Zillow continues to be one of the most popular ways homeowners decide what their home is worth.
In fact, if you type into Google “What is my home worth?”, the top non-advertisement search result is Zillow.
The problem is that Zillow’s founder/CEO himself says that you shouldn’t use Zillow as a substitute for an appraisal or a market evaluation by a real estate professional. When I wrote about Zillow in the past, Zillow’s CEO Spencer Rascoff sought me out to comment that Zillow’s Zestimate is not an appraisal.
Zillow encourages homeowners to use real estate professionals for local market knowledge when evaluating value.
Zillow’s Jay Thompson summed it up:
For a computer-based algorithm that can’t see the inside of a home, can’t smell the dairy farm down the road and doesn’t know that the neighbors across the street have painted their house purple with polka dots, that’s remarkably accurate.
But it’s not accurate enough to determine what price to set for a home about to go on the market, or what price to offer on a home. The Zestimate isn’t intended to be used like that.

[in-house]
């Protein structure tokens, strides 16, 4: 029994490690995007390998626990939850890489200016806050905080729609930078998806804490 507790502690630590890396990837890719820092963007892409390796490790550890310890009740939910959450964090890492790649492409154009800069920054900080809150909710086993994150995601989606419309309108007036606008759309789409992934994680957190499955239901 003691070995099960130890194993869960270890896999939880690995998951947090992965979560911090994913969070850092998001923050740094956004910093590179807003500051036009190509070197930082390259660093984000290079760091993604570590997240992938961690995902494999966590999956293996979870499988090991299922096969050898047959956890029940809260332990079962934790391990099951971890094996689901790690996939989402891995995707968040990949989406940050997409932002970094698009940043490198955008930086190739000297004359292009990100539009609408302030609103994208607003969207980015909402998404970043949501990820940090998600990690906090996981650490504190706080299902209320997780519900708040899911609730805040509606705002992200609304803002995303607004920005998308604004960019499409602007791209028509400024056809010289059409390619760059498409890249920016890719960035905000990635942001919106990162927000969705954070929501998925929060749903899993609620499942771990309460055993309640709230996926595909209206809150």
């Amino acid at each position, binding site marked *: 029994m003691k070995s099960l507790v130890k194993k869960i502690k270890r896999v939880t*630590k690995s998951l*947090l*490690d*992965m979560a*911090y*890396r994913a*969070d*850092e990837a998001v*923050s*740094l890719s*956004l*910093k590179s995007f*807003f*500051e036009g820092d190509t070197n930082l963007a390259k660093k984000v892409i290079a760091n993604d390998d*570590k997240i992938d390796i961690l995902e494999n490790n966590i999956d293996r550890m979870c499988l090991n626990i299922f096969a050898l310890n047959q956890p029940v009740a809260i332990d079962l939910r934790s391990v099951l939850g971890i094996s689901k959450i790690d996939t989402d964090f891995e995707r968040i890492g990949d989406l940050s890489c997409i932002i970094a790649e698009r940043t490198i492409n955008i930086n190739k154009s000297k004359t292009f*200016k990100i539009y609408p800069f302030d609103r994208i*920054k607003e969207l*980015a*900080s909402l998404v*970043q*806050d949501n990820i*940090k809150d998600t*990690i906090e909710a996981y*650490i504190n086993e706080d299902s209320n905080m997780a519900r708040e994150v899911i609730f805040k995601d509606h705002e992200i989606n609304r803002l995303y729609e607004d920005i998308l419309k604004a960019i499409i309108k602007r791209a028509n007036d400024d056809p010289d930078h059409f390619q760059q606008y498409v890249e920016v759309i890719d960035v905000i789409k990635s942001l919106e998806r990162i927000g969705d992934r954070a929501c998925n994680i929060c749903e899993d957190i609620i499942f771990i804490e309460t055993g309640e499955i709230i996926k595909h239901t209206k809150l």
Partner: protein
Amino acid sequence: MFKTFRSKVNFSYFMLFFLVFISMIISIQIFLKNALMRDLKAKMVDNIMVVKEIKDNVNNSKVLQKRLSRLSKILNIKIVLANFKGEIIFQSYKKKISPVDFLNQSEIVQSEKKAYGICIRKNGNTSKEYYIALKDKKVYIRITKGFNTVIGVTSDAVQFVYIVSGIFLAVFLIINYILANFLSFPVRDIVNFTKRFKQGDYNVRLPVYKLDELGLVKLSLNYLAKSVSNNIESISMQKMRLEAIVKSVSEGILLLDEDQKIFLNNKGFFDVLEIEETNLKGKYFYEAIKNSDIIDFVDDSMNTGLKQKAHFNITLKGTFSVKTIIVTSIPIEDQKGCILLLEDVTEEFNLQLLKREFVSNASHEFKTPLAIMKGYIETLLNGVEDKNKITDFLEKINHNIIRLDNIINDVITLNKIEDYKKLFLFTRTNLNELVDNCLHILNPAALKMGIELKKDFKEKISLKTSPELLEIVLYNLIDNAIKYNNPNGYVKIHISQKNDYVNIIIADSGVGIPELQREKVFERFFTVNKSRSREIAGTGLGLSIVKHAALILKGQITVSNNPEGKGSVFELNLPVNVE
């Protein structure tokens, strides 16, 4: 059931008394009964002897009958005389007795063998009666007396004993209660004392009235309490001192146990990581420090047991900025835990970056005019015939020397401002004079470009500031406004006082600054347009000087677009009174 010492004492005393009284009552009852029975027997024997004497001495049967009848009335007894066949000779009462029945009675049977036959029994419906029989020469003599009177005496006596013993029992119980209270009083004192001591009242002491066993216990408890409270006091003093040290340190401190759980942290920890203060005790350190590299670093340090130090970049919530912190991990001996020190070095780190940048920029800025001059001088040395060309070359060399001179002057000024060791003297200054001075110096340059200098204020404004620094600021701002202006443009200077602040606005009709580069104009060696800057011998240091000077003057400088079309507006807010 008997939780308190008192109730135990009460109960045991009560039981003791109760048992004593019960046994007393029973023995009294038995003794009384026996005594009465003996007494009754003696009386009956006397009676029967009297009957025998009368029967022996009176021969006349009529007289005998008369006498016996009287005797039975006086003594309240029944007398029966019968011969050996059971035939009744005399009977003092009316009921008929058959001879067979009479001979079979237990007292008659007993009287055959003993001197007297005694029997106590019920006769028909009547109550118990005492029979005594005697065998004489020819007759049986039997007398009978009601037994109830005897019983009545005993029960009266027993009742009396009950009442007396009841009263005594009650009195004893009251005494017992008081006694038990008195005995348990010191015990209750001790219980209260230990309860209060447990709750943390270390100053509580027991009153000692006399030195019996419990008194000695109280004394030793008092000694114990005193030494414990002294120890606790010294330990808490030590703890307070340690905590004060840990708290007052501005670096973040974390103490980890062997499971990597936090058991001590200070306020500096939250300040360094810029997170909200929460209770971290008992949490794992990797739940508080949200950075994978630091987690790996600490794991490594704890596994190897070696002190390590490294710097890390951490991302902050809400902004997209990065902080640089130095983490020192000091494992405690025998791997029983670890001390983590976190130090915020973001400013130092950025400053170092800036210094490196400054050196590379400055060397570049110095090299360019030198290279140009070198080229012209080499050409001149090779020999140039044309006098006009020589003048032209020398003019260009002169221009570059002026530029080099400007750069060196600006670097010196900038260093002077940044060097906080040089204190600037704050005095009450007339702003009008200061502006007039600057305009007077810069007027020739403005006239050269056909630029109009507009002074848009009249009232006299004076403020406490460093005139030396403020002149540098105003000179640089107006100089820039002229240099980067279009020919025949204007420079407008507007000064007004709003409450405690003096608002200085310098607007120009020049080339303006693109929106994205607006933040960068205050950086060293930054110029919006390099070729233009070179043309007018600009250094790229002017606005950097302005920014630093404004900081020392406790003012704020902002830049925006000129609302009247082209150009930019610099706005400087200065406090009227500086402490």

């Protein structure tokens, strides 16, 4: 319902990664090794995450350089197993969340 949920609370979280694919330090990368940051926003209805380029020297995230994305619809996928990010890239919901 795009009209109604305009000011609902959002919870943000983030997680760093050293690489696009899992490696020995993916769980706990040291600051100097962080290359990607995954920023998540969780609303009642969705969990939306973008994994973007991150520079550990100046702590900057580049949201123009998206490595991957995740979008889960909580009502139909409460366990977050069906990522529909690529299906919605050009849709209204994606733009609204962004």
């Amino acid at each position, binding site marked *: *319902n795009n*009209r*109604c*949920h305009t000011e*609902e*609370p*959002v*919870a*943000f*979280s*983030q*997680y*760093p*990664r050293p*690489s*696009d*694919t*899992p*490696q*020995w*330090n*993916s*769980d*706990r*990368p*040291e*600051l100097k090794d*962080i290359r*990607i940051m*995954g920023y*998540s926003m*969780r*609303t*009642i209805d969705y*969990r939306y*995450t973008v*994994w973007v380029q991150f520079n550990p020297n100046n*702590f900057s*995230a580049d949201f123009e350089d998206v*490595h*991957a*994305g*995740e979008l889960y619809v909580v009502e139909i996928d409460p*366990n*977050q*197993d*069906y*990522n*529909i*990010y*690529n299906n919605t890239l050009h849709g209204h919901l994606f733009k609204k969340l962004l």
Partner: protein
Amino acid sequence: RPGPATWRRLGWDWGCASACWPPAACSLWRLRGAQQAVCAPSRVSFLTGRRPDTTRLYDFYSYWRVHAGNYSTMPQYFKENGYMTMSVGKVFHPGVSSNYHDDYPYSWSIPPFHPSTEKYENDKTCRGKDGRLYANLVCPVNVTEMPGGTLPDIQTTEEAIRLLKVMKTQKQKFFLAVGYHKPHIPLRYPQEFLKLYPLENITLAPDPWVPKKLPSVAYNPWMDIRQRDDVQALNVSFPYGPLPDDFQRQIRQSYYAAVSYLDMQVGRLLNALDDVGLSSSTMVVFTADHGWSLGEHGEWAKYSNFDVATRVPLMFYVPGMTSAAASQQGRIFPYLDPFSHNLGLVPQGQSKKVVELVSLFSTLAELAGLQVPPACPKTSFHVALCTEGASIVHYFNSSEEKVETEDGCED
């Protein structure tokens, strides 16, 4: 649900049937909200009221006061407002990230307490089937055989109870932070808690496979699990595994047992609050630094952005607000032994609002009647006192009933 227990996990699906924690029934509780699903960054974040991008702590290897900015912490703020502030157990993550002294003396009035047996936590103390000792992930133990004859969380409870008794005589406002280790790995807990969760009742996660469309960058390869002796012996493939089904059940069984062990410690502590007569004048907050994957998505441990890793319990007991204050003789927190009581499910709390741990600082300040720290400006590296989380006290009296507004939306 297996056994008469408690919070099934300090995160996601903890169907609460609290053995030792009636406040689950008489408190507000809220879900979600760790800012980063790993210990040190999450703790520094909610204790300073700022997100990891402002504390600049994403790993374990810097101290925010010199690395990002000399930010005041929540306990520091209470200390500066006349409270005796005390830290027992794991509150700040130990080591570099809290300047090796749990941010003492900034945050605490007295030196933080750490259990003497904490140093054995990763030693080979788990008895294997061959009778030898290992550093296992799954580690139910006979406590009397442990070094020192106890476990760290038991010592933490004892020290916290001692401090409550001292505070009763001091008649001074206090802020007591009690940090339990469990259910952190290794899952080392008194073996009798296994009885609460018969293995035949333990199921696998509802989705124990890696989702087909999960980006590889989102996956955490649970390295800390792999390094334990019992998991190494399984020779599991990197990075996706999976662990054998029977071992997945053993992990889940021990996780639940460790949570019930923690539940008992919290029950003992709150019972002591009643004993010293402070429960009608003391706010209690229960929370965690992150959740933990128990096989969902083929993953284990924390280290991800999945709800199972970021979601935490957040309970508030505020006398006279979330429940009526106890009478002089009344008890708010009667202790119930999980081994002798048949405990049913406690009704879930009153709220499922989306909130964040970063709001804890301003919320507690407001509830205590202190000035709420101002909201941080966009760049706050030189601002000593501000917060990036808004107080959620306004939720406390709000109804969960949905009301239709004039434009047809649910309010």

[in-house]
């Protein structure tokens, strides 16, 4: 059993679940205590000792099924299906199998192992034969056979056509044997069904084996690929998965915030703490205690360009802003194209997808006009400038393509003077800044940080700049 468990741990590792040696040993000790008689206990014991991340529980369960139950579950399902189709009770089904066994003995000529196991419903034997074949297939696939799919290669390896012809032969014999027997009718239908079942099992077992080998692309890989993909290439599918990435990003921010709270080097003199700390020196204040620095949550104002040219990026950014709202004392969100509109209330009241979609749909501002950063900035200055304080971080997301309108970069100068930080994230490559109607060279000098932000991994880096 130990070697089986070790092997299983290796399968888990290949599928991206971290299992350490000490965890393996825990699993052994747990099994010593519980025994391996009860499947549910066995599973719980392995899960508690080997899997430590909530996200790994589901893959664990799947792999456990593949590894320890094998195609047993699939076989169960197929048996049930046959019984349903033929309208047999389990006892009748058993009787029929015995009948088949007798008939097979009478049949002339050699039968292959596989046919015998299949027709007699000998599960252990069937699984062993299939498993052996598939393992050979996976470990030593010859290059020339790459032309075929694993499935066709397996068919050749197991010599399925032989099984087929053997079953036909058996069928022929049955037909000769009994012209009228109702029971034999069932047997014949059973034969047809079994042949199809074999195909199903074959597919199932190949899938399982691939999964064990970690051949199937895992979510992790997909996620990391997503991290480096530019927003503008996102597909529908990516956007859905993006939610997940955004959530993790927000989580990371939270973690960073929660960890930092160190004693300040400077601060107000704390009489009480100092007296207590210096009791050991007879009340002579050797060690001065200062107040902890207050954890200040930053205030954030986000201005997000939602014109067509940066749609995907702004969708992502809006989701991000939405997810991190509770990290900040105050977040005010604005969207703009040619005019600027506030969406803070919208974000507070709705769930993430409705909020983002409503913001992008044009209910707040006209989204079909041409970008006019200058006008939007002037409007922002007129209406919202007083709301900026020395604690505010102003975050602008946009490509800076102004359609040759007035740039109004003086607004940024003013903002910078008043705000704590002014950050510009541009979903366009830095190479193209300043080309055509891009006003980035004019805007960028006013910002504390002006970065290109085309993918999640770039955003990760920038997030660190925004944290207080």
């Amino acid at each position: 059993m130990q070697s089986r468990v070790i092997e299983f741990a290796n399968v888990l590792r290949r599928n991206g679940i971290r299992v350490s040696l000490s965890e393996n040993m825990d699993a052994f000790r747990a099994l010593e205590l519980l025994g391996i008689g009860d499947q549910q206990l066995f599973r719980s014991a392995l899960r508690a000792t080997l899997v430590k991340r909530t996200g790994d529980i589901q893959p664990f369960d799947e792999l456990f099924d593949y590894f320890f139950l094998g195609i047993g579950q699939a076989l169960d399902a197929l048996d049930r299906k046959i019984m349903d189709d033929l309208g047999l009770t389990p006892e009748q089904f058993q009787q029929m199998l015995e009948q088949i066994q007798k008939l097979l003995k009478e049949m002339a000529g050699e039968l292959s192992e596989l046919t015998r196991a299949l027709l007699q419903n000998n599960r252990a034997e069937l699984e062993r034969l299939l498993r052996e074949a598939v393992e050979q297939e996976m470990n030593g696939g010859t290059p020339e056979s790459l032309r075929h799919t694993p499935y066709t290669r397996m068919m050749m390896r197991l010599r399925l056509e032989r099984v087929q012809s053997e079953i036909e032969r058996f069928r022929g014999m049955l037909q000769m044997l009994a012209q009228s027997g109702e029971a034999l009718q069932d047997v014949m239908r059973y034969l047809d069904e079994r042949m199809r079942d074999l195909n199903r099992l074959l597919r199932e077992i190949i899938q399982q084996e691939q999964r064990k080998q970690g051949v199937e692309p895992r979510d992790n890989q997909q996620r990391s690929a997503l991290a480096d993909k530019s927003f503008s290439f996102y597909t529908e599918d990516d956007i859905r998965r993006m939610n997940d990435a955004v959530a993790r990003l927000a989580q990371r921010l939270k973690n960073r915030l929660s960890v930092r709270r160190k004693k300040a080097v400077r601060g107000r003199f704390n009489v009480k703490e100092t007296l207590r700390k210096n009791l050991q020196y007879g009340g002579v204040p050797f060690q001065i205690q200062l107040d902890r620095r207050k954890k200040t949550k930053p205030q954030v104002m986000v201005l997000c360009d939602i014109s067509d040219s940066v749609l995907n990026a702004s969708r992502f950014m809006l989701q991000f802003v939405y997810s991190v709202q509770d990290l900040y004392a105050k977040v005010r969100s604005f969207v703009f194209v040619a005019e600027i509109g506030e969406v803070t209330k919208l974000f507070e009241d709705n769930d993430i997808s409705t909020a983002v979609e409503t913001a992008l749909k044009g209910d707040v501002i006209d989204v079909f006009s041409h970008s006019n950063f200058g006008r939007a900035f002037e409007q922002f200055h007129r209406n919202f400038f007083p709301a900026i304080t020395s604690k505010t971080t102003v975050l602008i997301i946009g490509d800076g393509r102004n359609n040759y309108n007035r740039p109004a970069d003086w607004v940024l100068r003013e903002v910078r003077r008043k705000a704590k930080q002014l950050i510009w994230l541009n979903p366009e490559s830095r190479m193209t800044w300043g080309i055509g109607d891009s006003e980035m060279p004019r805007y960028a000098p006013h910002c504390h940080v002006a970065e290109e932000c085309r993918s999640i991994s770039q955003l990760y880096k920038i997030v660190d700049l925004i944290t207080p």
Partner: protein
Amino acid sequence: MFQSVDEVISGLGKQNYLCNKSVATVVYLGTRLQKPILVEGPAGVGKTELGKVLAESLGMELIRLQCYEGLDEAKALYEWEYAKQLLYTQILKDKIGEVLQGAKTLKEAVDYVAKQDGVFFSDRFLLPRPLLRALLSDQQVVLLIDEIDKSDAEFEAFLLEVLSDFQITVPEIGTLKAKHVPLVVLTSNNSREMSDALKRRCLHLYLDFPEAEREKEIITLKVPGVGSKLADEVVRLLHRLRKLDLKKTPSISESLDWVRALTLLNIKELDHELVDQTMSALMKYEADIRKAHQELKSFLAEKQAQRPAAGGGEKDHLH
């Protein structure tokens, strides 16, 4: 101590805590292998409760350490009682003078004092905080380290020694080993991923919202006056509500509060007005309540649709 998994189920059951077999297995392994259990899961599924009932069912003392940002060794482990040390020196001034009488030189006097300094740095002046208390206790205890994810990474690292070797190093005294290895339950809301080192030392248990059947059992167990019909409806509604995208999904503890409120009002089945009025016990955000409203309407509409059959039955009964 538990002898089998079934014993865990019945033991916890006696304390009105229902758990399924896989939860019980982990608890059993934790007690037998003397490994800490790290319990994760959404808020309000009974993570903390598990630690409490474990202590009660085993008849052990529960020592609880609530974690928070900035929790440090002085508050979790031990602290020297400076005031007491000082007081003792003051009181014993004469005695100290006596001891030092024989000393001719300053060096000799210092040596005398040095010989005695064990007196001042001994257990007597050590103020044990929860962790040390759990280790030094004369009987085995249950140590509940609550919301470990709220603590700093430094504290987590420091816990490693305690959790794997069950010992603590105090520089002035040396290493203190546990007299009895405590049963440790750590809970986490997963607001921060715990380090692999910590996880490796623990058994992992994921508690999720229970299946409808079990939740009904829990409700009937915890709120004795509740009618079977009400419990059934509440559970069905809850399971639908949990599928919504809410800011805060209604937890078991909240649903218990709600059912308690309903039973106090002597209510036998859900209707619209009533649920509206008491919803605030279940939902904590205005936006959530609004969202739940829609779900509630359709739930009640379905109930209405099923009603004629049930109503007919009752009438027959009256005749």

So don’t use it like that.
The Zestimate is a tool — a tool designed to provide a starting point in home valuation, a tool to track trends over time. The Zestimate is not a Zappraisal, it’s not a Zprice. It’s a Zestimate. You wouldn’t use a screwdriver to hammer a nail, would you? So don’t use the Zestimate tool in a way it wasn’t intended to be used.
How Accurate is Zillow for St. Louis?
Take a look at St. Louis.
Only 1 star. According to Zillow, a 1 star rating means that they are using the local tax assessor information or they are unable to determine a Zestimate.
Still, 1.1 million St. Louis metro homes are listed on Zillow with a Zestimate…and homeowners assume it is accurate.
If you click on Missouri, you’ll see not a single county has more than a 1 star rating.
So to answer the question “How to use Zillow to Determine the Value of your Home?”…you can’t.
At least not in Missouri.